Originally published February 22 2010
Serious birth defects linked to the agricultural chemical atrazine
by S. L. Baker, features writer
(NaturalNews) Gastroschisis is a birth defect in which the intestines, and sometimes other organs, develop outside the fetal abdomen and poke out through an opening in the abdominal wall. Long considered a rare occurrence, gastroschisis has mysteriously been on the rise over the last three decades. In fact, the incidence of the defect has soared, increasing two to four times in the last 30 years. But why?
Researchers think they've found the answer. The culprit behind the suffering of babies born with this condition appears to be the agricultural chemical atrazine. That's the conclusion of a study just presented at the annual meeting of the Society for Maternal-Fetal Medicine (SMFM) held in Chicago.
Researchers at the University of Washington in Seattle were alerted to a higher than normal number of cases in of the birth defect in babies born in eastern Washington. So they began investigating to see if the increased incidence was due to some kind of environmental exposure in that area.
"Our state has about two times the national average number of cases of gastroschisis," Dr. Sarah Waller, one of the study's authors, said in a statement to the media. "The life expectancy for fetuses with this diagnosis is better than 90 percent; however it requires delivery at a tertiary care center with immediate neonatal intervention which often separates families and can cause serious financial and emotional stress."
The condition can lead to poor function of the bowel after delivery and potential long term feeding problems. Bottom line: babies with this birth defect must undergo the trauma of surgery right after birth. And while most survive, some babies with gastroschisis have significant damage to the bowel due to direct contact between the intestine and amniotic fluid or because the intestine was twisted. These infants may develop a condition known as "short gut" which can lead to stunted growth and a host of feeding and other problems.
For the new study, Dr. Waller and her research team went to work investigating all cases of live born infants with gastroschisis during the period between 1987 and 2006. They matched birth certificates with databases from the U.S. Geological Survey that revealed where agricultural spraying took place and what chemicals were used. It turns out the chemicals atrazine, nitrates, and 2, 4 dichlorophenoxyacetic acid were heavily sprayed in the area.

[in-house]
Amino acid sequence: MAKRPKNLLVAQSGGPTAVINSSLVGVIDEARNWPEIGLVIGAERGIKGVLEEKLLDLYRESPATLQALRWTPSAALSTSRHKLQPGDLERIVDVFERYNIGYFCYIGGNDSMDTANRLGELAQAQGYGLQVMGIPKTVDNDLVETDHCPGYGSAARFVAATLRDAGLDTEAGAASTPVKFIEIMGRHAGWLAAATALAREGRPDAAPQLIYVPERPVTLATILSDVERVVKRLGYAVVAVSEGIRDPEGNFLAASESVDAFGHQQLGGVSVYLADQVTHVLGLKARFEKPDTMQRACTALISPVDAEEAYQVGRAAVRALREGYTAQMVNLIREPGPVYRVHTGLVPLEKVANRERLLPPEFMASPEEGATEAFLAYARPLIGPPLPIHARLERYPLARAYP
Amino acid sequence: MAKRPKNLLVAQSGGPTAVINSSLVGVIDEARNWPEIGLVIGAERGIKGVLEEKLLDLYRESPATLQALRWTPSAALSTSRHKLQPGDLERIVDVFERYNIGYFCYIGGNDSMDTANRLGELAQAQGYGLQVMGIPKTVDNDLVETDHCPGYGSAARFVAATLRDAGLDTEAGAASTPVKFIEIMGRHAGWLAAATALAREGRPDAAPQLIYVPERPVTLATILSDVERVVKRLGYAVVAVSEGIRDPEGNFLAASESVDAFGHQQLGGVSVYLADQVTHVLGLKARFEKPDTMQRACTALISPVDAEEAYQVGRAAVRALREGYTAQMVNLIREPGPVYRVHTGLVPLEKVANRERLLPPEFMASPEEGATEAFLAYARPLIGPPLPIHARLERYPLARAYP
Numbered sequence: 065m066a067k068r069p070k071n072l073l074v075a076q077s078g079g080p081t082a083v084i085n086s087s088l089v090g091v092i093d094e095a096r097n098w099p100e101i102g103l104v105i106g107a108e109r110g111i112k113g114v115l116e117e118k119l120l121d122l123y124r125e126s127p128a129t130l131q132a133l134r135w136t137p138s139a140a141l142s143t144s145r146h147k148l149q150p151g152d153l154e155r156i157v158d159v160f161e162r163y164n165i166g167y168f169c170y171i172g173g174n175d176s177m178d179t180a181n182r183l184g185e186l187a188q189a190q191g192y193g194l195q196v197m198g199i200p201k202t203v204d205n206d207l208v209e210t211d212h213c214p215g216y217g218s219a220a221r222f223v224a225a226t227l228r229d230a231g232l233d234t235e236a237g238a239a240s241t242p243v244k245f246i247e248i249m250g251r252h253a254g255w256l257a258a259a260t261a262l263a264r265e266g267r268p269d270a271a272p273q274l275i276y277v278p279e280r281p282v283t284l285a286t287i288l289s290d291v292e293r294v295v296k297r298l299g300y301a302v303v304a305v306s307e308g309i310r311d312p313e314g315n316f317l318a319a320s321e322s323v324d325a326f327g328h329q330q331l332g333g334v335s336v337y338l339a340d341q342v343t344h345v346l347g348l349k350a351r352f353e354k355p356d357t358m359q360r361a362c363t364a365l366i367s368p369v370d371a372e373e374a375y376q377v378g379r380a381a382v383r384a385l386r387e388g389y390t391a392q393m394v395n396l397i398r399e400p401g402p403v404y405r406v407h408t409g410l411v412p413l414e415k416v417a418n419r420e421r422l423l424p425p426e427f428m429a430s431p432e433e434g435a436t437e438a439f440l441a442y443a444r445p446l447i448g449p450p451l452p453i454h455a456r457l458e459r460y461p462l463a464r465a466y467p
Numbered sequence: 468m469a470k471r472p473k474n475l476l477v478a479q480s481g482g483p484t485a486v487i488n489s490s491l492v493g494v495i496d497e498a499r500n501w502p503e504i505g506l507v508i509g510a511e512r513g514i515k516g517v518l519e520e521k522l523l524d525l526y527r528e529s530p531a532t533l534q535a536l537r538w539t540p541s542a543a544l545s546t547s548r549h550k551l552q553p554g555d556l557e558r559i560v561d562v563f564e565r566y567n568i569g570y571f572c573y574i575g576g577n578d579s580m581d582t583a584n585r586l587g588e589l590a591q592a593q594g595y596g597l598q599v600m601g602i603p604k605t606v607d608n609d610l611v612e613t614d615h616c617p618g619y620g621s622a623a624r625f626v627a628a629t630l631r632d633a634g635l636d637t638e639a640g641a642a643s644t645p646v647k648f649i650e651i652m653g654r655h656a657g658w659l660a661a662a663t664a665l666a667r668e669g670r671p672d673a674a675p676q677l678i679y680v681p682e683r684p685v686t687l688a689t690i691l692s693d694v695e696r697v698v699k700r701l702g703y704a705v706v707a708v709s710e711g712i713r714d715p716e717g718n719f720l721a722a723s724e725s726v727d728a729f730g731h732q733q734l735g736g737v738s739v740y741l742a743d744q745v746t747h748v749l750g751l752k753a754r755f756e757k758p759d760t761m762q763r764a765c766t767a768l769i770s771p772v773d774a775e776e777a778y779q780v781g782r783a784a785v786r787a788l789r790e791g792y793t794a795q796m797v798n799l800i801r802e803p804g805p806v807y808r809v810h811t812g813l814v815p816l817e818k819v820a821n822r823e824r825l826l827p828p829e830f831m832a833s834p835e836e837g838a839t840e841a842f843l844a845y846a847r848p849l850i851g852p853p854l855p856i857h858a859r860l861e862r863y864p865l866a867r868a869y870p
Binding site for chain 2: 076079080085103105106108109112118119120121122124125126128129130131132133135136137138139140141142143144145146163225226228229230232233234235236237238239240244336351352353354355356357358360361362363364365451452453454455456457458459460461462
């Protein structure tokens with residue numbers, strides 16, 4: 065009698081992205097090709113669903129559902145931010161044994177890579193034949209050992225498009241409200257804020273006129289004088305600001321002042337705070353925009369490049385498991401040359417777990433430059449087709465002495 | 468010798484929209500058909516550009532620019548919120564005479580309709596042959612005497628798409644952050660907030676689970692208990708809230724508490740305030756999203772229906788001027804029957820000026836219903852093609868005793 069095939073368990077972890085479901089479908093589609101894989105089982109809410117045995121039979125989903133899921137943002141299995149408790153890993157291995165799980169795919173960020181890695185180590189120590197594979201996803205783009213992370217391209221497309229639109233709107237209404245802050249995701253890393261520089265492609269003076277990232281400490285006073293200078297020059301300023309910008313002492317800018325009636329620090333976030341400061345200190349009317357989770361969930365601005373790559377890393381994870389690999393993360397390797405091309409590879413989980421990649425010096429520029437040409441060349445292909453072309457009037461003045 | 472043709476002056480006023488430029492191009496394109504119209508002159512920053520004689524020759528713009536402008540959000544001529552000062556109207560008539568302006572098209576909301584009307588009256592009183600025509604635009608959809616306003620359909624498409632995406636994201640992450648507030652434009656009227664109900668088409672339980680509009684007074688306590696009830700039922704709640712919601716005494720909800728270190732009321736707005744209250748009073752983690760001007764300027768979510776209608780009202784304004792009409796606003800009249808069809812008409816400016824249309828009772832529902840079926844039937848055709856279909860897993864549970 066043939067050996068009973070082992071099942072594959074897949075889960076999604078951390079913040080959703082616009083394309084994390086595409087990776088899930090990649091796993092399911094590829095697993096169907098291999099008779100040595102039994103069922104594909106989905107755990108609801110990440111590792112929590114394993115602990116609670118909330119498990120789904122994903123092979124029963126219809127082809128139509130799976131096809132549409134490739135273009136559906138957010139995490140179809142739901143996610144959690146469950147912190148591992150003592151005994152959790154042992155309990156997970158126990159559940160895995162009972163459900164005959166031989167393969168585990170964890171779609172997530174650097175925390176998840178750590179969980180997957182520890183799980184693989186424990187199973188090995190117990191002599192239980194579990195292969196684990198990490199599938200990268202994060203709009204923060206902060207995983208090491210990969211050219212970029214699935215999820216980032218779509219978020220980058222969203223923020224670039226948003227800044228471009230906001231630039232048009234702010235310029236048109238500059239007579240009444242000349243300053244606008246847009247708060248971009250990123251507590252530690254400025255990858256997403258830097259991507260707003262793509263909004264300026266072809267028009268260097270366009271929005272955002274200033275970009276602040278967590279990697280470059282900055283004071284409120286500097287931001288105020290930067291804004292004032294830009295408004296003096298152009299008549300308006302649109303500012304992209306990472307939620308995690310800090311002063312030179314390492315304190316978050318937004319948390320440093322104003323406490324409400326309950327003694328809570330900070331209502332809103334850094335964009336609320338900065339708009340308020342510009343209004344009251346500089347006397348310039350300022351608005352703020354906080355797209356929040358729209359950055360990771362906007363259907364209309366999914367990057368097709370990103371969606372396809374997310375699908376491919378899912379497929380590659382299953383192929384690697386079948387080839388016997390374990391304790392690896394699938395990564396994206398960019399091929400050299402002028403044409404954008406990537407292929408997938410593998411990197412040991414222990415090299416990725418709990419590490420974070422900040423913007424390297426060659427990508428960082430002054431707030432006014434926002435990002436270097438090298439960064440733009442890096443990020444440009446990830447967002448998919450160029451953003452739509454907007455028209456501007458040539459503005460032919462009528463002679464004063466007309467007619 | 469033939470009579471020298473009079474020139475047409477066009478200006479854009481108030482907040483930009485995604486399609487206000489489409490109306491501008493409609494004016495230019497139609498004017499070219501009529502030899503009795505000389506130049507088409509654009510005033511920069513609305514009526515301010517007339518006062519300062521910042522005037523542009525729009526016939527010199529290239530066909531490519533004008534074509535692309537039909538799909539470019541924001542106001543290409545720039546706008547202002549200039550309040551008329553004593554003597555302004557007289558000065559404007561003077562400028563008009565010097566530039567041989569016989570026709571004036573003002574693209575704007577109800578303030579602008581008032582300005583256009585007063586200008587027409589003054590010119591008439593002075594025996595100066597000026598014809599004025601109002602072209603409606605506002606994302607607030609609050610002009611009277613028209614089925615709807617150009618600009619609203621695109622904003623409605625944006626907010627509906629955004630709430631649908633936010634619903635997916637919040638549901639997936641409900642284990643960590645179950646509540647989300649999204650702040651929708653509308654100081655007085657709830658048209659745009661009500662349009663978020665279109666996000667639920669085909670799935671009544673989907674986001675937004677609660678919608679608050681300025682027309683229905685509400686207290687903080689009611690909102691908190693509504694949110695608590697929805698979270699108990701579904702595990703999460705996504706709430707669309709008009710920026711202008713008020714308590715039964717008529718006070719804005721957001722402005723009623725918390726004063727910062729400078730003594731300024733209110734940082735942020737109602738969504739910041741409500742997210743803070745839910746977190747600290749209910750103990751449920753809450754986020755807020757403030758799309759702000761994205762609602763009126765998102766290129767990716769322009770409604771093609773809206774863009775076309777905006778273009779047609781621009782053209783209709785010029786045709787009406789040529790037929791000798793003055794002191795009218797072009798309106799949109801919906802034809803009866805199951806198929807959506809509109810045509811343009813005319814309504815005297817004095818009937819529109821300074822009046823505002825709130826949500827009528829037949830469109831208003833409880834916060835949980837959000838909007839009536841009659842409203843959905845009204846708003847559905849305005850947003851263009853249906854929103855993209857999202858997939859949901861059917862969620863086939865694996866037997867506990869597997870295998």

Of the 805 cases and 3,616 controls in the study, gastroschisis developed far more frequently among babies whose mothers lived less than 25 km from the site of high surface water that was specifically contaminated with one of the chemicals -- atrazine. What's more, the risk of gastroschisis was found to especially rise in babies of women who conceived in the spring, from March through May. Those are the months when use of the chemical is the most prevalent.
The problem with atrazine
According to the Environmental Protection Agency (EPA), atrazine is applied to crops (especially corn, sorghum, and sugarcane) before and after planting to control broadleaf and grassy weeds. It is used most heavily in the Midwest on agricultural crops but it is also applied to residential lawns, particularly in Florida and the Southeast.
Problems linked to atrazine have been in the news previously. Earlier research showed it causes sexual abnormalities in frogs and the chemical has also been linked to prostate cancer in workers at an atrazine manufacturing plant.
So why is it still widely used? Unfortunately, the EPA has done little to address the mounting evidence that atrazine is harmful to humans as well as animals. Last fall the agency announced it was going to start a new assessment of the chemical in 2010 that could take months to years to complete. In the meantime, tons of atrazine will continue to be sprayed on crops and lawns -- and mothers and their unborn babies will continue to be exposed to this chemical now linked to a serious and potentially deadly birth defects.
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